An Ottoman Mamluk, from 1810
Mamluks (or Mameluks) (the Arabic word usually translates as "owned", singular: مملوك plural: مماليك) comprised slave soldiers used by the Muslim Caliphs and the Ottoman Empire, and who on more than one occasion seized power for themselves.
The first Mamluks worked for Abbasid caliphs in 9th-century Baghdad. The Abbasids recruited them from enslaved non-Muslim families captured in areas including modern Turkey, Eastern Europe, and the Caucasus. Using non-Muslims as soldiers helped partially overcome Islamic prohibitions on Muslims fighting each other. The rulers also desired troops with no link to the established power structure. The local warriors were often more loyal to their tribal sheiks, their families or nobles other than the sultan or caliph. If some commander conspired against the ruler, it was often not possible to deal with him without causing unrest among the nobility. The slave-troops were strangers of the lowest possible status who could not conspire against the ruler and who could easily be punished if they caused trouble.
After being converted to Islam, they were trained as cavalry soldiers, while technically after training they were no longer slaves they were still obliged to serve the Sultan. They were kept by the Sultan as an outsider force, under their direct command, to use in the event of local tribal frictions. Many Mamluks rose to high positions throughout the empire, including commanderships. Status remained non-hereditary at first and children were strictly prevented from following their fathers. The intensive and rigorous training given to each new recruit helped ensure a great deal of continuity in Mamluk practices.
Mamluks in Egypt
Two Mamluk dynasties ruled Egypt: the Bahri (بحري meaning 'of the sea', referring to their center in al-Manial Island in the Nile, and consisting of Turks and Mongols) and Burji (برجي meaning 'of the tower', referring to their center in the Cairo Citadel, and consisting of Circassians and Georgians). The Bahri led the way in breaking the rule of non-hereditary positions by establishing a dynasty ruled by a few families. Through this period and until the 19th century, the Mamluk dynasties continued to increase their numbers by purchasing more slave soldiers.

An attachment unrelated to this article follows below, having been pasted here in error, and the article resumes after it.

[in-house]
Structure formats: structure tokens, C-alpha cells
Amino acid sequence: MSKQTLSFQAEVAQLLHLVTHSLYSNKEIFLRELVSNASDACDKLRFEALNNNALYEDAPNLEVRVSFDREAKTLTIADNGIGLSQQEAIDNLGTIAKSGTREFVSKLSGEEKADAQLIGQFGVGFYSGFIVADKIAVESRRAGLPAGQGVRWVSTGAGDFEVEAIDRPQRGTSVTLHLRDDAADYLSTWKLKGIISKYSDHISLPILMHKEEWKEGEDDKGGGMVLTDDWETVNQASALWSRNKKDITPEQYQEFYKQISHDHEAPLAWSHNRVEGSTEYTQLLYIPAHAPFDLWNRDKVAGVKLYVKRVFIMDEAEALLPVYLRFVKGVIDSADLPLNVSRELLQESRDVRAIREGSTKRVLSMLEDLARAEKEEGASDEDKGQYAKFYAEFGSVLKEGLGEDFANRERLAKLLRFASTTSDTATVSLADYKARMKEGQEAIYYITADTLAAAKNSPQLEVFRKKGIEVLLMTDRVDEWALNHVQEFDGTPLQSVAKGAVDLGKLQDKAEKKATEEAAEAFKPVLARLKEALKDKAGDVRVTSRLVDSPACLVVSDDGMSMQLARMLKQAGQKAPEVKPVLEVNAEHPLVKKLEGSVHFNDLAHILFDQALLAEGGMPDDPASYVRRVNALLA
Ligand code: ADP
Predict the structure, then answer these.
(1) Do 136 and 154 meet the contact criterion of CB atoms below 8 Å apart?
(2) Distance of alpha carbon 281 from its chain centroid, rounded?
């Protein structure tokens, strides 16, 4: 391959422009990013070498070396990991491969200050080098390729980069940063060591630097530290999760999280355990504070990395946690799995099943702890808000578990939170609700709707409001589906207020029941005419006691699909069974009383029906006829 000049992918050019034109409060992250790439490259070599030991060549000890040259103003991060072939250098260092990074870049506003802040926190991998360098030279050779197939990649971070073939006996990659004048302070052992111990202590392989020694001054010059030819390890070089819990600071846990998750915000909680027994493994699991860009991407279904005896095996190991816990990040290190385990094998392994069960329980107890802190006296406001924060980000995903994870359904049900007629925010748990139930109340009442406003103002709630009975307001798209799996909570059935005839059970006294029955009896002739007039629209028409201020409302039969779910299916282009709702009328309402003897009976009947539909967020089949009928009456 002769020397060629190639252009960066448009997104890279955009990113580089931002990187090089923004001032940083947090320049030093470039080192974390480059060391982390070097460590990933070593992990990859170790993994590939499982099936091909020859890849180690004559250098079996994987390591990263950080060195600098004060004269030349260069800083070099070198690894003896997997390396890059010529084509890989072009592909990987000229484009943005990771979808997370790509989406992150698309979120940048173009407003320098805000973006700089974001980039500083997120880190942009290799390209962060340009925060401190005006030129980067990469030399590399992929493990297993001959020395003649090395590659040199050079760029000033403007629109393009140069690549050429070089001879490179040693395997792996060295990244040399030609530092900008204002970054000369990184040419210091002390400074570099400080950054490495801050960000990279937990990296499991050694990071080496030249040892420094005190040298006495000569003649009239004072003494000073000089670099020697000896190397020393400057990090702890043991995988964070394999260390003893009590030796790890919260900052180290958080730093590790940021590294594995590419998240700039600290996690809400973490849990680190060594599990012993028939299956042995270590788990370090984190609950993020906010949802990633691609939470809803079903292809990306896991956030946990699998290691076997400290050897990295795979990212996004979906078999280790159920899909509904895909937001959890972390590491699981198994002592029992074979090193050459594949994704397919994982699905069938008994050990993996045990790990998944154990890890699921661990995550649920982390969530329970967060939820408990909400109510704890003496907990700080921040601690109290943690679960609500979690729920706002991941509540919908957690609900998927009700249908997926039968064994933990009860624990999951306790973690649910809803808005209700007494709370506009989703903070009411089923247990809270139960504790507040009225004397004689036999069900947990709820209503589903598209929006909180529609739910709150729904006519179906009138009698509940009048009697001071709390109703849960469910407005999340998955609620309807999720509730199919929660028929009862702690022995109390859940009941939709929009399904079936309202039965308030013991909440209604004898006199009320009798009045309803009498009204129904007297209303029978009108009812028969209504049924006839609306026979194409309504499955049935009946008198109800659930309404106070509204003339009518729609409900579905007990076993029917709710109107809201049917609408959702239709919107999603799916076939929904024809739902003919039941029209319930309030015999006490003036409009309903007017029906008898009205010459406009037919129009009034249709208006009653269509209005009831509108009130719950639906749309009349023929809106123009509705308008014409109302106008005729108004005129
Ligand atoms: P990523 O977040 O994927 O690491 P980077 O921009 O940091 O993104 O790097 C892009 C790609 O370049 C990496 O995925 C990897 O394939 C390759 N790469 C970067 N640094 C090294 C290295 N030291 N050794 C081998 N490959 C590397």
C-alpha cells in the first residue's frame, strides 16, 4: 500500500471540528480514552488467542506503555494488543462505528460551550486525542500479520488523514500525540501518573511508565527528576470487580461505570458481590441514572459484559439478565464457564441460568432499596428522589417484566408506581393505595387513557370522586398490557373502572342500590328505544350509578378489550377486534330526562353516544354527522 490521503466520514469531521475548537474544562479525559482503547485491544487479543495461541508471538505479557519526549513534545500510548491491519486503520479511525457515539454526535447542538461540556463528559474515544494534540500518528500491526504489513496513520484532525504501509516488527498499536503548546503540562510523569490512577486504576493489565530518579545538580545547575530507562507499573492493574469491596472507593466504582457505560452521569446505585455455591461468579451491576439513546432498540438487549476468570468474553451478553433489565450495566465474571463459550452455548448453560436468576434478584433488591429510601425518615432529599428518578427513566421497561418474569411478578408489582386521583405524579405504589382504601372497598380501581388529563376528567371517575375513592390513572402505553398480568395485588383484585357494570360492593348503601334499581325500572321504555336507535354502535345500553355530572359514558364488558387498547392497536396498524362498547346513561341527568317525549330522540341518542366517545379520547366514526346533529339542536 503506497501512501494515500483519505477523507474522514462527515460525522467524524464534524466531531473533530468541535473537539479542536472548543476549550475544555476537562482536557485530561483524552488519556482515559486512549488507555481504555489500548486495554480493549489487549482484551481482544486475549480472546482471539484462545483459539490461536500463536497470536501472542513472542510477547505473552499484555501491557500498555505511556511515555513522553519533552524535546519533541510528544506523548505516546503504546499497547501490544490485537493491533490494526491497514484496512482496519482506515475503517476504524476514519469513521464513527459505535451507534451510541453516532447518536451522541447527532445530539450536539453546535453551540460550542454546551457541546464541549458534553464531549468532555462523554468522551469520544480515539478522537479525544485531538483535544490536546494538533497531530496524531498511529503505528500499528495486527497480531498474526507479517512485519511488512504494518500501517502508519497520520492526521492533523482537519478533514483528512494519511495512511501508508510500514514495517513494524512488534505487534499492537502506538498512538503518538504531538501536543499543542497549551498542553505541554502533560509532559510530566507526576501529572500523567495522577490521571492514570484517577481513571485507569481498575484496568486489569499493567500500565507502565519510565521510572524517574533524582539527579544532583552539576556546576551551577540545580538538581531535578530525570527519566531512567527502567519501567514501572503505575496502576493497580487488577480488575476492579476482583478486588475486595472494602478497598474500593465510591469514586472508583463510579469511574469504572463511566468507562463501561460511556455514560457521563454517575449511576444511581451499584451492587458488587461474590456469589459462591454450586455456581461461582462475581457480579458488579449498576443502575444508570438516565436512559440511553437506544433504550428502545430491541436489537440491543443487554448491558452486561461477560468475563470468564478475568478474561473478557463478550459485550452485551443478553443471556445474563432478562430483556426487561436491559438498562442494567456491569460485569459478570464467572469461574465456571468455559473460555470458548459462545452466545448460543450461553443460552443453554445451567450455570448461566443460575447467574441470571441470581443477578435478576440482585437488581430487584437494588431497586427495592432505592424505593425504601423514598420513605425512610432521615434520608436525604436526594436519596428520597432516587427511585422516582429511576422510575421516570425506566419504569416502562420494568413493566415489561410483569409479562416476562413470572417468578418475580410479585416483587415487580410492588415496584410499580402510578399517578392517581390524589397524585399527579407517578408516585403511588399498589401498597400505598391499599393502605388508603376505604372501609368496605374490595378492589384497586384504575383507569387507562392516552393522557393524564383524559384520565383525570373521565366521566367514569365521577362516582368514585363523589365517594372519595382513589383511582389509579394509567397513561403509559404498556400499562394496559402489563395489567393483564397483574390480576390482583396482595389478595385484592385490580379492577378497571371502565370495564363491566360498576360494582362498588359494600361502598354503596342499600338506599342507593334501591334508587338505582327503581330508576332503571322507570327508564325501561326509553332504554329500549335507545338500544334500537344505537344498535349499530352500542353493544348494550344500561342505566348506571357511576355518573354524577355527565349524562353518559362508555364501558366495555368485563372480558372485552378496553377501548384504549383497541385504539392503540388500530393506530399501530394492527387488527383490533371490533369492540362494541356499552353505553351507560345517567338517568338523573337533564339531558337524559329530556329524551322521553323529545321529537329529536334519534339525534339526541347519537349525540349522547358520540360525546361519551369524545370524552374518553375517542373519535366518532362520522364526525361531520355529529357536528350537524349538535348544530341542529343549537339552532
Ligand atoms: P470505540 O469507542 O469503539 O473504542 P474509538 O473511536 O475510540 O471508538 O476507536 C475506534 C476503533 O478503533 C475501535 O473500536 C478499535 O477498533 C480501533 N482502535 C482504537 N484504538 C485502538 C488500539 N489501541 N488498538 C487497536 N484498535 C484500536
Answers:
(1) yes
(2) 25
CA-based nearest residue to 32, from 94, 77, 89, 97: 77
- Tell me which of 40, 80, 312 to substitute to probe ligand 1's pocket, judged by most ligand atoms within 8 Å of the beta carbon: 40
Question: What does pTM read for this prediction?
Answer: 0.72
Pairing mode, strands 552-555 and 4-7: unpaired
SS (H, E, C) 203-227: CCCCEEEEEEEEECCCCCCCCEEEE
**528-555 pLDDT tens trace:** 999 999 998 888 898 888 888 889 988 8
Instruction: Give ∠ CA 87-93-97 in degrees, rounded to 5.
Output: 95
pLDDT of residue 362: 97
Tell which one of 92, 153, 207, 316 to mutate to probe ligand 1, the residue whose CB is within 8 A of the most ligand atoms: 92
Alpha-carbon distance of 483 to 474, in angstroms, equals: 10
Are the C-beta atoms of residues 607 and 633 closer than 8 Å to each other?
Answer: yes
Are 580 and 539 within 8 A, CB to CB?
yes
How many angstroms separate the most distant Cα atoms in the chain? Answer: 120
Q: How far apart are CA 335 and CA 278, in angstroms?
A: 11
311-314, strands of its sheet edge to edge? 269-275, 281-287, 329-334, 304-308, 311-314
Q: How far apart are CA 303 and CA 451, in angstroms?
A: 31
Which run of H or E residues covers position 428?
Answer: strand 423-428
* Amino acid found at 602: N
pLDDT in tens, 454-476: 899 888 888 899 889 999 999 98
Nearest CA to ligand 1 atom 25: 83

The Mamluk dynasties of Egypt were instrumental in defeating the invading Mongol invaders under Qutuz, and in eliminating the last remnants of the Crusaders from Egypt and Syria under Baibars, Qalawun, and Khalil.
The influence of the Mamluk dynasties on Syria and Egypt is still evident today in the architecture of mosques, schools, and libraries, as well as bridges, water fountains and other public works.
In 1517 Egypt was taken over by the Ottoman Empire. The Mamluks remained in charge of the state, which retained much autonomy from Constantinople.
In 1768 Sultan Ali Bey Al-Kabir declared independence from the Ottomans but the Mamluks crushed the movement and retained their position after his defeat. By this time new slave recruits were introduced from Georgia in the Caucasus. Napoleon defeated Mamluk troops when he attacked Egypt in 1798 and drove them to Upper Egypt. By this time Mamluks had added only muskets to their typical cavalry charge tactics. When Napoleon left Egypt, his officers failed to contain the Mamluk rebellion. When French troops departed 1801, the Mamluks fought against both the Ottoman Empire and the British Empire.
In 1806 Mohammad Ali Pasha became the governor of Egypt. In 1811 he invited a number of Mamluk leaders (accounts differ from 64 to 700) to his palace in Cairo and ambushed them in the street after the reception. Reputedly only one leader survived the Citadel Massacre. During the following weeks, Mohammed Pasha's troops killed thousands of Mamluks all over the country. Only a small group managed to flee to Sudan effectively ending the era of Egyptian Mamluk rulers.
Mamluks in France
Napoleon formed his own Mamluk corps in the early years of the 19th century, the last known Mamluk force. Even his Imperial Guard had Mamluk soldiers during the Belgian campaign, including one of his personal servants. After the Battle of Austerlitz (2 December 1805) they gained their own regimental standard. Napoleon's famous bodyguard Roustan was also a Mamluk from Egypt. One of the pictures by Francisco de Goya shows a charge of Mamluks against the Madrilene in May 2, 1808.
Mamluks in Baghdad
In the Ottoman Empire, Mamluks of Baghdad proclaimed their independence in the 18th century and remained autonomous until the Ottoman reconquest in 1832.
Mamluks in India
In 1211, the Mamluk commander of the Muslim forces in India, Qutbuddin Aibak, proclaimed himself Sultan, becoming, in effect, the first independent Sultan-e-Hind. This Mamluk dynasty lasted until 1290. See Delhi Sultanate for more information.
Other slave soldiers
Other Islamic states used slave soldiers: note the janissaries of the Ottoman Empire and the saqaliba of Andalusi taifas, especially in Denia.
Mameluco is a Portuguese word used to identify people of mixed European and Native American descent in South America. In the seventeenth and eighteenth centuries, Mameluco referred to organized bands of Portuguese slave-hunters, also known as bandeirantes, who roamed the vast interior of South America from the Atlantic to the slopes of the Andes, and from the Paraguay to the Orinoco raiding the Guarani-inhabited areas for slaves. Catholic Encyclopedia: Mameluco (http://www.newadvent.org/cathen/09578c.htm)